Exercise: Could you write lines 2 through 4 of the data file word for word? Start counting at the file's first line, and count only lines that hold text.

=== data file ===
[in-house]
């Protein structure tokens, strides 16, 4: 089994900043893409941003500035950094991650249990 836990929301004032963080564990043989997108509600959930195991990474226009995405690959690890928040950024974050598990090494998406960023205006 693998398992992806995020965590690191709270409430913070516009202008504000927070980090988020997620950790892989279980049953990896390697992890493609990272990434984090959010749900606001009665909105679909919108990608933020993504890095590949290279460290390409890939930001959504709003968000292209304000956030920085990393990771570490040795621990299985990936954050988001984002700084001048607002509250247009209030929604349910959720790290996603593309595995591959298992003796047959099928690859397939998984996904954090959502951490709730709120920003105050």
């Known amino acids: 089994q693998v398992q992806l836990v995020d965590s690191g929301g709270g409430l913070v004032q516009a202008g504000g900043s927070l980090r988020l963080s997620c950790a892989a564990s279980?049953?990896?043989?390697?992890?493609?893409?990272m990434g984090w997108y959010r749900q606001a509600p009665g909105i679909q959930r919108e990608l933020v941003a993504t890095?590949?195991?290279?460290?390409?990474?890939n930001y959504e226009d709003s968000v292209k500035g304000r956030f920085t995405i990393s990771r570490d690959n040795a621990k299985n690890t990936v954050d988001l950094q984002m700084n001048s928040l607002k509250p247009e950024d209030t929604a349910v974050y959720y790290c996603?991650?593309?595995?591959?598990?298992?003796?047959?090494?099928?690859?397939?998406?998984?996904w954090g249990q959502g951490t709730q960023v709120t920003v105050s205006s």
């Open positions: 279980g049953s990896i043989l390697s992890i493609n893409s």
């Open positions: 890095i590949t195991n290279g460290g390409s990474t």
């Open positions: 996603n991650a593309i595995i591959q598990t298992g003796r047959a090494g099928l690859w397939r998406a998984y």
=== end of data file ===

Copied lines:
């Protein structure tokens, strides 16, 4: 089994900043893409941003500035950094991650249990 836990929301004032963080564990043989997108509600959930195991990474226009995405690959690890928040950024974050598990090494998406960023205006 693998398992992806995020965590690191709270409430913070516009202008504000927070980090988020997620950790892989279980049953990896390697992890493609990272990434984090959010749900606001009665909105679909919108990608933020993504890095590949290279460290390409890939930001959504709003968000292209304000956030920085990393990771570490040795621990299985990936954050988001984002700084001048607002509250247009209030929604349910959720790290996603593309595995591959298992003796047959099928690859397939998984996904954090959502951490709730709120920003105050």
């Known amino acids: 089994q693998v398992q992806l836990v995020d965590s690191g929301g709270g409430l913070v004032q516009a202008g504000g900043s927070l980090r988020l963080s997620c950790a892989a564990s279980?049953?990896?043989?390697?992890?493609?893409?990272m990434g984090w997108y959010r749900q606001a509600p009665g909105i679909q959930r919108e990608l933020v941003a993504t890095?590949?195991?290279?460290?390409?990474?890939n930001y959504e226009d709003s968000v292209k500035g304000r956030f920085t995405i990393s990771r570490d690959n040795a621990k299985n690890t990936v954050d988001l950094q984002m700084n001048s928040l607002k509250p247009e950024d209030t929604a349910v974050y959720y790290c996603?991650?593309?595995?591959?598990?298992?003796?047959?090494?099928?690859?397939?998406?998984?996904w954090g249990q959502g951490t709730q960023v709120t920003v105050s205006s």
């Open positions: 279980g049953s990896i043989l390697s992890i493609n893409s």